Analysis of Stephen Crane’s The Little Regiment

Pressured by his publisher, McClure, to write more Civil War works after the success of his novel The Red Badge of Courage, Stephen Crane crafted with some difficulty “The Little Regiment.” The story, which Crane identified as a novelette divided in eight parts, became the title piece in a small collection of war stories titled “The Little Regiment and Other Episodes of the American Civil War. The story signifies “Crane’s foray into naturalism: the protagonists are not individualized human beings but representatives of ‘humanity’ ” (Wolford 63). The characters inhabit an indifferent world of war, chaos, and death.

“The Little Regiment” begins with vivid descriptions of fog blanketing a regiment of Union soldiers who lie in wait in the mud, joking and bragging while gun and artillery fire rumble in the distance. As Austin McC. Fox suggests, “Often it is the opening description in Crane’s stories that strikes the note of the indifference of the universe,” and the fog that pervades the story “becomes a symbol of this indifference” (60). Two brothers, Billie and Dan Dempster, trade barbs and openly express derision to each other, which began when they enlisted on the same day and continues under the eyes of their fellow soldiers, who expect the brothers to come to blows. Billie’s promotion to corporal prompts his brother’s open defiance of Billie’s higher rank. It is not until Dan calls Billie a fool in a “decisive” and “brightly assured” voice that Billie considers severing all ties to his brother (229). In battle, surrounded by gunfire and bloodshed, Billie gains an awareness of his own insignificance: “The terrible voices from the hills told him that in this wide conflict his life was an insignificant fact, and that his death was an insignificant fact. They portended the whirlwind to which he would be as necessary as a butterfly’s waved wing” (230). Such knowledge fails to mend the rift between him and Dan and further isolates them. Billie decides to ignore Dan as if his brother no longer exists.

Stephen Crane/The New Yorker

Billie’s silent treatment initially dismays and quickly angers Dan, yet it does not damper his spirits as he eagerly awaits the regiment’s next engagement of the enemy, certain of victory. Billie is awakened in the middle of the night by a sergeant gathering men for special duty, and Dan is among them. Despite the rancor between them, Billie worries about Dan’s safety and is visibly agitated; however, when Dan safely returns, Billie hides his concern and feigns sleep.

The brothers are quickly thrust back into danger. In another skirmish, the regiment blindly fights the enemy in the dense fog. As the fog clears, Dan comes face to face with the enemy, registers the details of the man’s appearance, and by chance kills his enemy before his enemy kills him. The next morning, again marked by fog, the regiment marches toward a greater battle in which the soldiers struggle to overcome an enemy that stands its ground and breaks their lines. After the failed onslaught, the Union soldiers rename themselves the Little Regiment.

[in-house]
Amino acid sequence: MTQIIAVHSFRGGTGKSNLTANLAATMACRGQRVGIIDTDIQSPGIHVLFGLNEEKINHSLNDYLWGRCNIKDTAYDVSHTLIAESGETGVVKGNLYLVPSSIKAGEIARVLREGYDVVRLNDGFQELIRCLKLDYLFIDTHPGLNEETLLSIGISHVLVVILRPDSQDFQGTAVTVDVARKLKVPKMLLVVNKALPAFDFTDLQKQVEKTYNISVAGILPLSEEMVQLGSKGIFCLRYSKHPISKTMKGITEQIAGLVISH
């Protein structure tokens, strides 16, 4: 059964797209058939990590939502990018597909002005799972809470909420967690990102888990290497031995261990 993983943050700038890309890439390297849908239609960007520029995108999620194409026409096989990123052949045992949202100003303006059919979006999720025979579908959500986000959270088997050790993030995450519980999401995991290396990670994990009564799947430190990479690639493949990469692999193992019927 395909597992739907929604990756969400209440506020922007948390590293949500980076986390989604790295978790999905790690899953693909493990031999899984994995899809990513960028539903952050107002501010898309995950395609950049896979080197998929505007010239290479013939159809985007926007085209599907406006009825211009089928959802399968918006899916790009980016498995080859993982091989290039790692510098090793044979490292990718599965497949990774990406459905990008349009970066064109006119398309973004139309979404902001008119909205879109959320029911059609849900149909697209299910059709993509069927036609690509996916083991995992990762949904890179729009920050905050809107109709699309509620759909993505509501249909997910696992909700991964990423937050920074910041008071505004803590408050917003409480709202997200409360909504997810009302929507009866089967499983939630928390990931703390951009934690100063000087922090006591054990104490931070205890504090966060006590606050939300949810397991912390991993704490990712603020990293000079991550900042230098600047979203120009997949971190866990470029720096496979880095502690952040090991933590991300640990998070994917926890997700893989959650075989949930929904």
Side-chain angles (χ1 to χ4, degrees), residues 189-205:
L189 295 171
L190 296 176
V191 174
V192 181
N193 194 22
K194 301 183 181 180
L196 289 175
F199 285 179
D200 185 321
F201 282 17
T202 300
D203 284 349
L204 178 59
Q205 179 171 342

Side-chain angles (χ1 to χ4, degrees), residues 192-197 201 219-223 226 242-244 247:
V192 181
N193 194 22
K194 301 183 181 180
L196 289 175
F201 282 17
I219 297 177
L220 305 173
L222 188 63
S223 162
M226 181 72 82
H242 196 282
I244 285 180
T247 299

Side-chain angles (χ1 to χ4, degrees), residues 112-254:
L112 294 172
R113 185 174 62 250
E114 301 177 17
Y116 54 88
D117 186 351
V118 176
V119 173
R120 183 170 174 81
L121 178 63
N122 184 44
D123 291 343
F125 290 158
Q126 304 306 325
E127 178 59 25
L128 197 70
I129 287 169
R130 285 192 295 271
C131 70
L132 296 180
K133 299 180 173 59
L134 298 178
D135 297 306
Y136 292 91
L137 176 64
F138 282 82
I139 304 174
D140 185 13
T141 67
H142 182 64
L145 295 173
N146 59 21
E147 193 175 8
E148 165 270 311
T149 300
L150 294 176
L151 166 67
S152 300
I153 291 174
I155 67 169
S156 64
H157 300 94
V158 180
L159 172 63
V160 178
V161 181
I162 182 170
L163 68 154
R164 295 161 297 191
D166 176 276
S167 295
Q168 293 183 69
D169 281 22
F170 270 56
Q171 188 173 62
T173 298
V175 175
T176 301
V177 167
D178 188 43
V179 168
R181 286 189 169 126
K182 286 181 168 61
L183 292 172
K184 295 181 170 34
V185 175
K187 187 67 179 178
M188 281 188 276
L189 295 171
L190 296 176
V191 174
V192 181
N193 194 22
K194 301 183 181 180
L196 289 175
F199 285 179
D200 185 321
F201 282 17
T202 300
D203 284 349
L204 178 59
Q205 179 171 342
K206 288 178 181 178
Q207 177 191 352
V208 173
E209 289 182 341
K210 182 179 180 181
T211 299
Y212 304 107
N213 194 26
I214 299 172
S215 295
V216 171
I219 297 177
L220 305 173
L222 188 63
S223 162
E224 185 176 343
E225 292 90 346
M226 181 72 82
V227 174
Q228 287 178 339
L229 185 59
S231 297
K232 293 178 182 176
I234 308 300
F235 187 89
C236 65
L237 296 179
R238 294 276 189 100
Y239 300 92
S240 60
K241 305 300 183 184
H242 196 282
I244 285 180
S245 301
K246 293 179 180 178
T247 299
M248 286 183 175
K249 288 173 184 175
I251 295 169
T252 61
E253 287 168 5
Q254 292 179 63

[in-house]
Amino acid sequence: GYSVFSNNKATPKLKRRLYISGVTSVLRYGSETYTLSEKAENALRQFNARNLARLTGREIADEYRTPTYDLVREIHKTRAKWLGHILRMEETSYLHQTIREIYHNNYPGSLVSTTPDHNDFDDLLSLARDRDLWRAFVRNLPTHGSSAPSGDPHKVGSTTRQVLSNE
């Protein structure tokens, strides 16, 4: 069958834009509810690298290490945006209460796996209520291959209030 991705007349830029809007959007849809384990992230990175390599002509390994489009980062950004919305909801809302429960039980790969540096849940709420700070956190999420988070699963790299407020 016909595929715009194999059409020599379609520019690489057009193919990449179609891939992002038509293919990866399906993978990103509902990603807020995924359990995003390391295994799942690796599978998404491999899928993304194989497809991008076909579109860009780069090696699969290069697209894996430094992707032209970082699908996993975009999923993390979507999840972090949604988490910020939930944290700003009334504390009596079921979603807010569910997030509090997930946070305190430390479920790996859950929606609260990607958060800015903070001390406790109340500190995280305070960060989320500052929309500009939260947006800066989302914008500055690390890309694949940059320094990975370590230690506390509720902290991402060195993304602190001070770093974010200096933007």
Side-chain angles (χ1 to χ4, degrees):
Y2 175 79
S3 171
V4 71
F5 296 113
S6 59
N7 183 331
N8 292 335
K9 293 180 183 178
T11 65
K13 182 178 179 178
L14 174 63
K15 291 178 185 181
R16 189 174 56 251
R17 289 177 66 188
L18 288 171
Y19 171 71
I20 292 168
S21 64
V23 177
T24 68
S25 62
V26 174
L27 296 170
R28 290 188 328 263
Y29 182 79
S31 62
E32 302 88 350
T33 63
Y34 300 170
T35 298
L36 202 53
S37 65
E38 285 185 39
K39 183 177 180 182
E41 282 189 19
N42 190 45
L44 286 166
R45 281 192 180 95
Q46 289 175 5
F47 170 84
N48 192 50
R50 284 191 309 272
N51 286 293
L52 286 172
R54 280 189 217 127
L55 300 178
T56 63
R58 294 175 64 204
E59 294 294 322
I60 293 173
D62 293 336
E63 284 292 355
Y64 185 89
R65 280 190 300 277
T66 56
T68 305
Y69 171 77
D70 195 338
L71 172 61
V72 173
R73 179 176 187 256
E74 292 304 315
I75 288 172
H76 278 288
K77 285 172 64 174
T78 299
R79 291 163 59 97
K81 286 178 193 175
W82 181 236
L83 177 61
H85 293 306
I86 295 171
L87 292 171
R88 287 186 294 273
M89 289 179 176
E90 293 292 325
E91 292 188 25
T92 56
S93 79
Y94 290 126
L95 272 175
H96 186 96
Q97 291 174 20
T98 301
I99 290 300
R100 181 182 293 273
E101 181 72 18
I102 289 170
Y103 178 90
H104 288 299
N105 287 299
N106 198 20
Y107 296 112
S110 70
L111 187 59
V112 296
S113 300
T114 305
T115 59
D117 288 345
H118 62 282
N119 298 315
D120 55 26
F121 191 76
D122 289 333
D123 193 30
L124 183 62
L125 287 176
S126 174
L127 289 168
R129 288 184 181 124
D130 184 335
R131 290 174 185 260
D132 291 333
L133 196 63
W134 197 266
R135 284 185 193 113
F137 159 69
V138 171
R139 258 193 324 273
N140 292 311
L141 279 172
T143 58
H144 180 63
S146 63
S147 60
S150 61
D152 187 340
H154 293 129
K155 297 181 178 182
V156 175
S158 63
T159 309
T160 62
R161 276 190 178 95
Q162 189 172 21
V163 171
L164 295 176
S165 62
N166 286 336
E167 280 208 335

Back at camp, Dan isolates himself from his fellow soldiers, who ask him whether he has received any news of Billie, who has not returned after battle. He finds little comfort from the soldiers, who try to reassure him that Billie may lie among the wounded. Dan struggles to maintain his stony countenance to mask his worry. Billie awakes on the battlefield, surrounded by the dead barely distinguishable through the fog, and discovers he was wounded in the head. The regiment cheers as Billie appears in camp, and Dan struggles to conceal his emotions. The brothers reunite, physically and emotionally: “After a series of shiftings, it occurred naturally that the man with the bandage was very near to the man who saw the flames. He paused, and there was a little silence. Finally he said: ‘Hello, Dan.’ [and Dan replies], ‘Hello, Billie’ ” (243). Chester L. Wolford notes, “At that point, they realize what they had always known instinctively: that the other’s existence increases their own importance, just as the existence of the regiment surpasses in importance the lives of its members” (63). Their simple greeting reveals the affection concealed by their public displays of derision toward one another.

Michael Schaeffer acknowledges that current critical appraisals of the story remain mixed. Critics such as James Colvert view the work as a failure, and others, following suit, point to “Crane’s overwriting, editorializing, lack of movement in describing the action of the story, failure to develop the brothers’ relationship fully enough,” among other problems (Schaeffer 200). On the other side of the spectrum, more favorable critics applaud Crane’s use of symbolism and his growing maturity. Regardless of any negative criticism, no critic or reader can deny the poignancy of the story’s final scene, where the brothers once again stand side by side.

Crane, Stephen. “The Little Regiment.” In The Oxford Book of American Short Stories, edited by Joyce Carol Oates. New York: Oxford University Press, 1992.
Fox, Austin McC. “Crane Is Preoccupied with the Theme of Isolation.” In Readings on Stephen Crane, edited by Bonnie Szumski, 56–62.
The Greenhaven Press Literary Companion to American Authors. San Diego: Greenhaven, 1998.
Ives, C. B. “ ‘The Little Regiment’ of Stephen Crane at the Battle of Fredericksburg.” Midwest Quarterly 9 (1967): 247–260.
Schaefer, Michael W. A Reader’s Guide to the Short Stories of Stephen Crane. New York: G. K. Hall, 1996.
Wolford, Chester L. Stephen Crane: A Study of the Short Fiction. Twayne Studies in Short Fiction. Boston: Twayne, 1989.

Categories: Literature, Short Story

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